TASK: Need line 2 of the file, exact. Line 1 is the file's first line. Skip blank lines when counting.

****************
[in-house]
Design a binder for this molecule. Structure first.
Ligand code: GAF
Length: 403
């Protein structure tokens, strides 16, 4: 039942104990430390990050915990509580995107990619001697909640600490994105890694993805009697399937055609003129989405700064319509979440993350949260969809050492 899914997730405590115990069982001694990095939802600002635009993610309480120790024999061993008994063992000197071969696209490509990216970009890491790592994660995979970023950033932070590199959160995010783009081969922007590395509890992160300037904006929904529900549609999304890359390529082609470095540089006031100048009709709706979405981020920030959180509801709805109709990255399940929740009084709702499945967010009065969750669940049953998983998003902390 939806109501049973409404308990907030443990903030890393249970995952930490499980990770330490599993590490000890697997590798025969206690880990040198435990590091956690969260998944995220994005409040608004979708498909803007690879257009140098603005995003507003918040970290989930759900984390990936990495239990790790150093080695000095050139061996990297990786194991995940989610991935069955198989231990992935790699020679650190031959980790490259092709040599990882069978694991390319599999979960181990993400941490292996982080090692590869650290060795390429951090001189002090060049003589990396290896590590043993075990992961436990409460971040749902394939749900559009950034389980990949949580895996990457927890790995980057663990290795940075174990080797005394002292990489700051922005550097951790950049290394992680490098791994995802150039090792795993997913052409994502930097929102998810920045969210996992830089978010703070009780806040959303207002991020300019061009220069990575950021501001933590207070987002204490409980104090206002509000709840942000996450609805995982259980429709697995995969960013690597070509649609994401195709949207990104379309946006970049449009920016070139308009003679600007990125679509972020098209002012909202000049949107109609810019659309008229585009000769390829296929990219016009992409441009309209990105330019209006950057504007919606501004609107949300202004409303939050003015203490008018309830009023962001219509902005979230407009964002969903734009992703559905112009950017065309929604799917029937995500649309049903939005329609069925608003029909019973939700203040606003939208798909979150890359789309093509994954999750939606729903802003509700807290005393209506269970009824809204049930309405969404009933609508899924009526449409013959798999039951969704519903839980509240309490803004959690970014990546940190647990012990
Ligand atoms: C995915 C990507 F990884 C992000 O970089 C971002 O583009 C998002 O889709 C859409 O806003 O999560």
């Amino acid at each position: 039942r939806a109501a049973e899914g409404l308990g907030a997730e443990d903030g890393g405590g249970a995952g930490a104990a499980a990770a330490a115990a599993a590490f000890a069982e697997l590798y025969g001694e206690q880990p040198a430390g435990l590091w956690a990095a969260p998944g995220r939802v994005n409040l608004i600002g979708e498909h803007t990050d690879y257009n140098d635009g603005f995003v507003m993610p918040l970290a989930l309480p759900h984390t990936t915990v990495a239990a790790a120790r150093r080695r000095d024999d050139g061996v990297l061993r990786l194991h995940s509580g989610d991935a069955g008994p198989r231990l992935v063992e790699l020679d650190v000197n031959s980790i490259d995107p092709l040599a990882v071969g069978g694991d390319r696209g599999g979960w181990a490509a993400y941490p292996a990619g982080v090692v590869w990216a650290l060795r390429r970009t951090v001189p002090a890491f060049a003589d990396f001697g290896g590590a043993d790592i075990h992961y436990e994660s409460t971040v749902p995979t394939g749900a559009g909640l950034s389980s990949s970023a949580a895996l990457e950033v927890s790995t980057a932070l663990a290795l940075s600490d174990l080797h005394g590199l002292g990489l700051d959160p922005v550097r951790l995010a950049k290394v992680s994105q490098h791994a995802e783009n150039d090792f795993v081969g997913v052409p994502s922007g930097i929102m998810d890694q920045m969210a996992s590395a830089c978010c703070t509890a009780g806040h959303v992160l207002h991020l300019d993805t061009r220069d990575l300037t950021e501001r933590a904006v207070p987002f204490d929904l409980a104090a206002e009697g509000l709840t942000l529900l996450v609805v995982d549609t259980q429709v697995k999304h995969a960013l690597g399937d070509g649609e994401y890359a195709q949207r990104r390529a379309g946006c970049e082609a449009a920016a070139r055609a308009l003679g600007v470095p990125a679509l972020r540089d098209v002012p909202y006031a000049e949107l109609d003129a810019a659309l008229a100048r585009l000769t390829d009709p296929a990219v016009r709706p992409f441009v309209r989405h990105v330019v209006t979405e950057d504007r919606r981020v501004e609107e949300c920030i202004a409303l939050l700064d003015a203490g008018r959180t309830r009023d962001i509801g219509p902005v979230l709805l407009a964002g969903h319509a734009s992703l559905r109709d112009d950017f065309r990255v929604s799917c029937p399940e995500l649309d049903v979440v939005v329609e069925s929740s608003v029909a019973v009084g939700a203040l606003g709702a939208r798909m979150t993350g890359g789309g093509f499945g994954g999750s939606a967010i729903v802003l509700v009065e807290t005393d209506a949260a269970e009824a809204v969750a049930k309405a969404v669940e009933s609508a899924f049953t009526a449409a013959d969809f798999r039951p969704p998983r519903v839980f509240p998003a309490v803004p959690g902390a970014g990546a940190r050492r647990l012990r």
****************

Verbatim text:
Design a binder for this molecule. Structure first.